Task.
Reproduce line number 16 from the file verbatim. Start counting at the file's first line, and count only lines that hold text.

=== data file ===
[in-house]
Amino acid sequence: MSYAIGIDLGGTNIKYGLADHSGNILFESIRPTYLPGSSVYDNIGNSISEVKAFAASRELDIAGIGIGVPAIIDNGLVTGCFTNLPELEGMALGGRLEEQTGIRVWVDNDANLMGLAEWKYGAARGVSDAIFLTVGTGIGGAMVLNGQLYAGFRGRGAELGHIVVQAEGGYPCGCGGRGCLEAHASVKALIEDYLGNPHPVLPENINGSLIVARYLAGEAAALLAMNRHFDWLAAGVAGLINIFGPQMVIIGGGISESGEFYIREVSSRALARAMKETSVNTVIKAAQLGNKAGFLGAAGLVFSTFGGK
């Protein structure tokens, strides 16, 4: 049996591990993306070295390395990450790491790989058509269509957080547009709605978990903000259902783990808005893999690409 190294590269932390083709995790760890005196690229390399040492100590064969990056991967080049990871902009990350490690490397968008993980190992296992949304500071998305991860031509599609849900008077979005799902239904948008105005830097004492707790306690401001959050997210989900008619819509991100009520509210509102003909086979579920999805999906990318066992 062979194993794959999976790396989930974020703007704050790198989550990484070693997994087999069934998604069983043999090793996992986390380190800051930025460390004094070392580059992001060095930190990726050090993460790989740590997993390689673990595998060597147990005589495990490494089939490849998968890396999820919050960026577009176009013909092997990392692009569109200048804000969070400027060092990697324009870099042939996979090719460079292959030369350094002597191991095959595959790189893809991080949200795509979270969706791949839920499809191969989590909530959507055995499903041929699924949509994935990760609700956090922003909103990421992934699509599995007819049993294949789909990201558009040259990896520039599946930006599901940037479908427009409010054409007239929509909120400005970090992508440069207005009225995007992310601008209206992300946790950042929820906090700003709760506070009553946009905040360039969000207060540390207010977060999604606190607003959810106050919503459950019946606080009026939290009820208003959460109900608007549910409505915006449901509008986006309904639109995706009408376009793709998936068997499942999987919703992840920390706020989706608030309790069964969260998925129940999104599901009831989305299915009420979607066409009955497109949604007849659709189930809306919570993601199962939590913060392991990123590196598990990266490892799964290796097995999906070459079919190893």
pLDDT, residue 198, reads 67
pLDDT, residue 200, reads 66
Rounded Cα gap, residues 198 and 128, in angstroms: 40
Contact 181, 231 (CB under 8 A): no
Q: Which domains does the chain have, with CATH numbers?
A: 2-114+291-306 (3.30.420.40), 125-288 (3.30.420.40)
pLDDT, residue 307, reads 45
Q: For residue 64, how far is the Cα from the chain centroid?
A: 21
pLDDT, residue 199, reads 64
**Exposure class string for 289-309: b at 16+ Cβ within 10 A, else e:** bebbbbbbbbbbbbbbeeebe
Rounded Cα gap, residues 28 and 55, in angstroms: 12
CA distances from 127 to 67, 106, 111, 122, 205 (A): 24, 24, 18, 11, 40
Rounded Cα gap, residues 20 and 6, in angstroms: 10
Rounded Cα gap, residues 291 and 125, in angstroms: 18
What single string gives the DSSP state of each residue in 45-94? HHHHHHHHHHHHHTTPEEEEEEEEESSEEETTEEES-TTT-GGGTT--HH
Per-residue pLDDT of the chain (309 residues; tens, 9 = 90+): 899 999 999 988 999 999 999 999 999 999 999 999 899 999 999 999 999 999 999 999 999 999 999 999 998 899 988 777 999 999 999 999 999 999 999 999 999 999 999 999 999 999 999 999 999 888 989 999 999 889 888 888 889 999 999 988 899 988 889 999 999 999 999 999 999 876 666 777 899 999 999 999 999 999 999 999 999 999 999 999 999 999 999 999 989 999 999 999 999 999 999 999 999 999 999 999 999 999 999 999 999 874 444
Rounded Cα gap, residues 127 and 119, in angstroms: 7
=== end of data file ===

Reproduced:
CA distances from 127 to 67, 106, 111, 122, 205 (A): 24, 24, 18, 11, 40